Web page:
Born in 1937 in undivided India, both artists had cultivated a visual language that was spare but also richly suggestive. They executed their art with a geometric precision, using eloquent lines and curves. While Zarina added Urdu words to her work, Mohamedi drained hers of all ostentation, until only the essence remained. Perhaps this draining away of figurative references was also a subtle nod to the classical tradition of Islamic art and architecture, with its injunctions on representation, where beauty was embodied in calligraphy and patterns.
The practices of these artists illuminated each other, without setting out to do so, and their austere styles put them in the league of the great abstract artists from India and afar: painters like V.S. Gaitonde and Jeram Patel, who were mentors to Mohamedi; the American painter Agnes Martin, best known for her cryptic grids of solid colours; the German-born American sculptor Eva Hesse, an early pioneer of minimalism who worked in three-dimensional forms, among others.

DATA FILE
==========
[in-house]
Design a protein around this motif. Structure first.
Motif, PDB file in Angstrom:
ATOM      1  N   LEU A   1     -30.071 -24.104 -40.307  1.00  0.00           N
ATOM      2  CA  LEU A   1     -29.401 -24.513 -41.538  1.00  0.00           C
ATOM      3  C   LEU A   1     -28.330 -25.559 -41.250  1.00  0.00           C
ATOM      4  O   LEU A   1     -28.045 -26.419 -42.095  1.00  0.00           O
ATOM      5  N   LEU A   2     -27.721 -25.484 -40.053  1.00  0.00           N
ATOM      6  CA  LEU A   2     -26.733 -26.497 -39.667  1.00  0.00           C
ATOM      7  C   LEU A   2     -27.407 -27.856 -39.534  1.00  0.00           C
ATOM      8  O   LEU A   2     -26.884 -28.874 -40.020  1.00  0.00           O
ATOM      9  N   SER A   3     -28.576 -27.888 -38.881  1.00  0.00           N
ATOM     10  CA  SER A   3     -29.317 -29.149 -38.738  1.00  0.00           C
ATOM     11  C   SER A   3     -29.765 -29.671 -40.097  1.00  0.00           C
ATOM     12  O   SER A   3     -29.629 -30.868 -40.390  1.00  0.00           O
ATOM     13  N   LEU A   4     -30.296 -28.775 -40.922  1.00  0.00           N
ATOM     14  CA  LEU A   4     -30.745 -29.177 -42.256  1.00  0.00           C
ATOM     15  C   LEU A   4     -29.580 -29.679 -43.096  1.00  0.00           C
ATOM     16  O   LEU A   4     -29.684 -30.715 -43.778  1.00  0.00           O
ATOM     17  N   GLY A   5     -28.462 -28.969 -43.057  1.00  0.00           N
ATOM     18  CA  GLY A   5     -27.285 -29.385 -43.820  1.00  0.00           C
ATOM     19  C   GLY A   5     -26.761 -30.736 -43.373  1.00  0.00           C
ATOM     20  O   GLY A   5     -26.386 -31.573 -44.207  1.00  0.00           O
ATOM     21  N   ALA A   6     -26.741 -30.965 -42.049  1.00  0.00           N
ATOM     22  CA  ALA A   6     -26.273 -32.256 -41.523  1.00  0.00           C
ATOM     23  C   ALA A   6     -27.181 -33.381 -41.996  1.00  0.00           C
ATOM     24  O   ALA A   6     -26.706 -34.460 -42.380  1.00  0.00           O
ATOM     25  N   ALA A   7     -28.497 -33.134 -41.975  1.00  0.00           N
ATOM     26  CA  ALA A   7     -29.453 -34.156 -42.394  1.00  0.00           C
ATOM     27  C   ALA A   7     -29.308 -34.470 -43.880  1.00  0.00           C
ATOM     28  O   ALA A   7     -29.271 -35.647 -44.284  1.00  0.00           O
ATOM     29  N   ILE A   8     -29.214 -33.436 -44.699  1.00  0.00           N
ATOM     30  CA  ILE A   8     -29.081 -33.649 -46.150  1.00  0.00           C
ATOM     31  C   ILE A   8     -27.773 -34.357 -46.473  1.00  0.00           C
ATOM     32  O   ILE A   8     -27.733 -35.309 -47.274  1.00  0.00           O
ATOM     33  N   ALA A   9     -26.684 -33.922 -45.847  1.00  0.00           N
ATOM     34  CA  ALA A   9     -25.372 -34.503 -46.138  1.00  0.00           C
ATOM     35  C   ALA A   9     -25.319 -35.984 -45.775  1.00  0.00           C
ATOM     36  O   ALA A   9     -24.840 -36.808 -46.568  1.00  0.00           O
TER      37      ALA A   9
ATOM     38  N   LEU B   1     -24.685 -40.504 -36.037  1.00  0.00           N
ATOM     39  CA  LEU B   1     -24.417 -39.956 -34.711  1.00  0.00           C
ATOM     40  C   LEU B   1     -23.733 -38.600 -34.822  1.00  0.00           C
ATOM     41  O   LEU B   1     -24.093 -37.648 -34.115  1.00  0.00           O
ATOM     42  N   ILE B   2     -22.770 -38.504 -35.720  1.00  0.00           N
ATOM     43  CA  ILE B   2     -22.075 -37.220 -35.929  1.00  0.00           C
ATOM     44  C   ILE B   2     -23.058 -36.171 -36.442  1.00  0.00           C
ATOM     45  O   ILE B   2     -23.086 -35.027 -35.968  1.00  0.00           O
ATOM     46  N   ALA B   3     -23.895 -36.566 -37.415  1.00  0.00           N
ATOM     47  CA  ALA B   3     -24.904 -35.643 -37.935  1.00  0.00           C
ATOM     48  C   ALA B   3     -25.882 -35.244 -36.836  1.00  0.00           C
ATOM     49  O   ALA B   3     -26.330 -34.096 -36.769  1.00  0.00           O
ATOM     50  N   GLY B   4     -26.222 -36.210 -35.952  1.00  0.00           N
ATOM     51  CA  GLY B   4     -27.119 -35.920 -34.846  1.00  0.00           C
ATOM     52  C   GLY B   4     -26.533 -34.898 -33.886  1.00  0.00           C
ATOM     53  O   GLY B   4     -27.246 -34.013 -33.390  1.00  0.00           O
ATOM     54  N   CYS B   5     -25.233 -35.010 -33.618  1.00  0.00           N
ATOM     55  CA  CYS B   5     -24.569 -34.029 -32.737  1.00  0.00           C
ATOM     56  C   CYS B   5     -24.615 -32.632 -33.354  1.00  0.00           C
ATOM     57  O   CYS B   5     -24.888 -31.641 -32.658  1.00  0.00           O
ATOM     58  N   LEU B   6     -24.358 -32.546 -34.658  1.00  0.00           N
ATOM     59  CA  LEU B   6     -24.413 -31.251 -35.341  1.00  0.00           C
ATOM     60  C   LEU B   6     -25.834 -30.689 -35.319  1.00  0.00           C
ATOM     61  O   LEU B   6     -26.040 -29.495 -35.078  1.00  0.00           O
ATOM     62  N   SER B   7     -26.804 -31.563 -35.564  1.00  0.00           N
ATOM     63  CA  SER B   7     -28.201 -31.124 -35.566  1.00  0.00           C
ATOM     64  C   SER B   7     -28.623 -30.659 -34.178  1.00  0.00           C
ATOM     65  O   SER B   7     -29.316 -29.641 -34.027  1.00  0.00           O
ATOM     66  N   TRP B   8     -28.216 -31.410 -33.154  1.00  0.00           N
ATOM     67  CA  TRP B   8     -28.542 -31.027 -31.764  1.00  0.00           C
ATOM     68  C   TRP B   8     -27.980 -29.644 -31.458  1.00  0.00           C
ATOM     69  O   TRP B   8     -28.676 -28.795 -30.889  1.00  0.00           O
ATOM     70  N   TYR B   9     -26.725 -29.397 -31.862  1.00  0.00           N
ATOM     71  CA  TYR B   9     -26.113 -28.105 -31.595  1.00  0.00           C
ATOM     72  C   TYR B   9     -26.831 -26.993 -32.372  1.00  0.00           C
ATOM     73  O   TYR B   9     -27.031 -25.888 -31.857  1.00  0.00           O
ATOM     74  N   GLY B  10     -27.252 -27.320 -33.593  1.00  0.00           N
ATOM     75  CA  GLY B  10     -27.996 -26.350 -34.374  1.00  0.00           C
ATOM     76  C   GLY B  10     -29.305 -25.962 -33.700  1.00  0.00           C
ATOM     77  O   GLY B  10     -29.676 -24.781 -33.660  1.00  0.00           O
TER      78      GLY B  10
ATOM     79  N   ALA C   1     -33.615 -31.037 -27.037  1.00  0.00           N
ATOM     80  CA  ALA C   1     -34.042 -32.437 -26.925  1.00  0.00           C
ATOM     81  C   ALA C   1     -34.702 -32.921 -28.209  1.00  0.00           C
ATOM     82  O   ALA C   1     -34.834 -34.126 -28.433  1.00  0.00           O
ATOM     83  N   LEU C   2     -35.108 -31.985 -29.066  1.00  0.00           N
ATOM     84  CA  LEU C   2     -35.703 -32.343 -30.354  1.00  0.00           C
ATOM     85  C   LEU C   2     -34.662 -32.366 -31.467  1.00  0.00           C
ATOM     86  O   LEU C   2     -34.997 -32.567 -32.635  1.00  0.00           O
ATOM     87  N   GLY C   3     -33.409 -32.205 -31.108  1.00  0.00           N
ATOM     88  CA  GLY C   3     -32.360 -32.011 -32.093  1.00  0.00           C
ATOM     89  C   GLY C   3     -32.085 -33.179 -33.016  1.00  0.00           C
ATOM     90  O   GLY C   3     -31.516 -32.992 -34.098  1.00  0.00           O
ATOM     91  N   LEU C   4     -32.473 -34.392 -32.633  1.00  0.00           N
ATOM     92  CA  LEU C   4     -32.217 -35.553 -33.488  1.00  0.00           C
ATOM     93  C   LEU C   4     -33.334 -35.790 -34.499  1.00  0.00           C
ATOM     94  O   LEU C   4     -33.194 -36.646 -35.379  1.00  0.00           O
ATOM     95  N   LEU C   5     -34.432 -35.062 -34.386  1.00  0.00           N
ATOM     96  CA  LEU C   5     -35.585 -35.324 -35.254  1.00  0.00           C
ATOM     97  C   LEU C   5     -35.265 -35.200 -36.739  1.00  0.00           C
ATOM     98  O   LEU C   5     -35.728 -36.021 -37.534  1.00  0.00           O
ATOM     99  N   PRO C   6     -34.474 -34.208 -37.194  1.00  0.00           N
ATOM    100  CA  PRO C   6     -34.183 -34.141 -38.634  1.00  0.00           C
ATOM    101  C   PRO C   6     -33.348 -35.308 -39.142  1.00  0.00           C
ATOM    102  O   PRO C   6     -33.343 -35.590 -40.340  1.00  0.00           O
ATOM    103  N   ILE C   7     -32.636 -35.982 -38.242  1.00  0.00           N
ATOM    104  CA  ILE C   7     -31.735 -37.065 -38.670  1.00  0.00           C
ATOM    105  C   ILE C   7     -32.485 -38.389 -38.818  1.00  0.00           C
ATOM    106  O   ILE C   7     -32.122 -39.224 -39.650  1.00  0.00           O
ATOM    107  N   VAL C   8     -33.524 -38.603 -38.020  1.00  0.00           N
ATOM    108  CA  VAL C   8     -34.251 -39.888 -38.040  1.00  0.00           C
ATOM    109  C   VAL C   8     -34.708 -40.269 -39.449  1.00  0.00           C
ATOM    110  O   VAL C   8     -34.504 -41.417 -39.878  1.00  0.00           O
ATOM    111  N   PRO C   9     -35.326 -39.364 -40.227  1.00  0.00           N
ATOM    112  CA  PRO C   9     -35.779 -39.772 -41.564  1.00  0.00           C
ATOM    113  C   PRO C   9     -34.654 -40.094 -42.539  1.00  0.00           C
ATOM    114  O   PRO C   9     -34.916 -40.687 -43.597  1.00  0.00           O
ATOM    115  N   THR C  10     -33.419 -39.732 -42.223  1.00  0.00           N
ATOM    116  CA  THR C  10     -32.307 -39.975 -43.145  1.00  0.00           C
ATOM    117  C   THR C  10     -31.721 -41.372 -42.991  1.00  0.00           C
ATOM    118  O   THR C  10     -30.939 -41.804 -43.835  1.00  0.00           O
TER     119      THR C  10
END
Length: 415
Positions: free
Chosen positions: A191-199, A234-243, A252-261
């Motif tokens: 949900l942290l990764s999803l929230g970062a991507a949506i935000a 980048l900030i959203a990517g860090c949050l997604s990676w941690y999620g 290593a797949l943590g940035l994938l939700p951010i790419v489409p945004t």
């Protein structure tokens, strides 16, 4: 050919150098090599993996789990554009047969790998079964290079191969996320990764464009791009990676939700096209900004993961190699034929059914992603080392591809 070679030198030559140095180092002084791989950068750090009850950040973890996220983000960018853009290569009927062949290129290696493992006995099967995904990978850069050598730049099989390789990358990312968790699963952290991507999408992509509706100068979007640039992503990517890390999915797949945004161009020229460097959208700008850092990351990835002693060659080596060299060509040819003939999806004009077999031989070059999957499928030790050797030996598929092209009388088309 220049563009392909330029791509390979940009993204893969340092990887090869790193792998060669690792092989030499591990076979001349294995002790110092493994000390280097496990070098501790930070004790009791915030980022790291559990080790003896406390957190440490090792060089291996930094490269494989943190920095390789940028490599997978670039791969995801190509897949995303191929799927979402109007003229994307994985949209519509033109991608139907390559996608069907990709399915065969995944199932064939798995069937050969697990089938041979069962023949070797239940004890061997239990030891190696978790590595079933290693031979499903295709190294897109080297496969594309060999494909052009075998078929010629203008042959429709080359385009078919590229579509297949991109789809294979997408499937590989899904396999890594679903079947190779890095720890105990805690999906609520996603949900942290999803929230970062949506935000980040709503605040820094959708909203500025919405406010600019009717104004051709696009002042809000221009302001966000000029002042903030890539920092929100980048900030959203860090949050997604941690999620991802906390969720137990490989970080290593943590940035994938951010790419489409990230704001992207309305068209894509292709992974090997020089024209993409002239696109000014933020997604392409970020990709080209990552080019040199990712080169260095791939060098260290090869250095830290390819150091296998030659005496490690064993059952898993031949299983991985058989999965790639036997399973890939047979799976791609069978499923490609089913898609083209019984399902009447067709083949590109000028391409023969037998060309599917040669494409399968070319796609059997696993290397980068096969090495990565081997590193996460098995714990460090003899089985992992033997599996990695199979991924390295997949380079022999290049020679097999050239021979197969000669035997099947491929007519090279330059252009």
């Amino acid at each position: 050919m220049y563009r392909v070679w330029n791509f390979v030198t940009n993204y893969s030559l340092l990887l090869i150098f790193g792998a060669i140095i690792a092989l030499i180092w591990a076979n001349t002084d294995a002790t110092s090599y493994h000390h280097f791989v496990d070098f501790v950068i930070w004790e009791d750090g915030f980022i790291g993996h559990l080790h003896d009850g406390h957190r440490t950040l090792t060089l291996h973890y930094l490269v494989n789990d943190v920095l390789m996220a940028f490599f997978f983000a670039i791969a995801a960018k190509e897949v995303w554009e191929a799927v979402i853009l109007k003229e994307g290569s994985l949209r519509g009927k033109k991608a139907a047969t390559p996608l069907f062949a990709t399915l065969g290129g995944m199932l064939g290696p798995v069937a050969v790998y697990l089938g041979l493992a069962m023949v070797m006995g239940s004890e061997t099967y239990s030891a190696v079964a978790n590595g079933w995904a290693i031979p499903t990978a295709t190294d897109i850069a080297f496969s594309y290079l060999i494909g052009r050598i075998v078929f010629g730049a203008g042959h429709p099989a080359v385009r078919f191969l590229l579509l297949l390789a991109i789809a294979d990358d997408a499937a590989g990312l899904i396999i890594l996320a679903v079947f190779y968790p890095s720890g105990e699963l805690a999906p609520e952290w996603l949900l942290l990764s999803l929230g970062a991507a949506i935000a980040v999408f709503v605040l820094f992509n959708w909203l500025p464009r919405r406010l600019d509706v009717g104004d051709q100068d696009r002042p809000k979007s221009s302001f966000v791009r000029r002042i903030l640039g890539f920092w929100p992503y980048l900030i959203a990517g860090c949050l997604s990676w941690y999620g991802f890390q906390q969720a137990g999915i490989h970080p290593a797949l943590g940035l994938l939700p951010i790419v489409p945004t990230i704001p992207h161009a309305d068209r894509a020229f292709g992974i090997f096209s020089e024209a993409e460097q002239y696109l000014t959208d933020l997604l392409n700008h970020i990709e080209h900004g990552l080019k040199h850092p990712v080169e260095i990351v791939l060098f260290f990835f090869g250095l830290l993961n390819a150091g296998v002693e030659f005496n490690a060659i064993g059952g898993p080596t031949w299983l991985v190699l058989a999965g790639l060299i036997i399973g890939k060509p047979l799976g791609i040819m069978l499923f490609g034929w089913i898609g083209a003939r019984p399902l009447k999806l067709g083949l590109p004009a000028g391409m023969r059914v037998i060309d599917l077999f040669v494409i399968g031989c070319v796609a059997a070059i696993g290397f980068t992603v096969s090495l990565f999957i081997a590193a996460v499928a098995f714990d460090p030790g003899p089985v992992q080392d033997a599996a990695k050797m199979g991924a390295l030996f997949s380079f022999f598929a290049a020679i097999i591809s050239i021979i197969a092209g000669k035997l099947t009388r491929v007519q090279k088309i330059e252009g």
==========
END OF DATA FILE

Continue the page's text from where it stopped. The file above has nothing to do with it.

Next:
Turning life into art
Abstract art, devoid of the comforting anchor of human figures and recognizable forms, may seem inscrutable and unyielding. Yet, as the lockdown stretches on and life seems to stand still, this may be a propitious time to venture into the mysteries of such art, to lose yourself in the synergy of colours, lines and grids that create it. To borrow a line from a work by Mohamedi, there is now “a need for real austerity", in life as well as art. The meditative vistas of abstraction can teach us new ways of seeing, to notice the hitherto unseen.
As the fear of death and disease has forced us indoors, it has also given us a push to recalibrate our senses. For those of us lucky enough to eke our days in the safety of four walls, this moment might be a chance to hone our eyes to look beyond electronic screens. An opportunity to notice, for instance, the shifting textures of light through the day, the interplay of shadows on walls, or the blurry haze of the ceiling fan spinning overhead—to discover the art that lurks in the everyday and identify the traces of the everyday that find their way into art.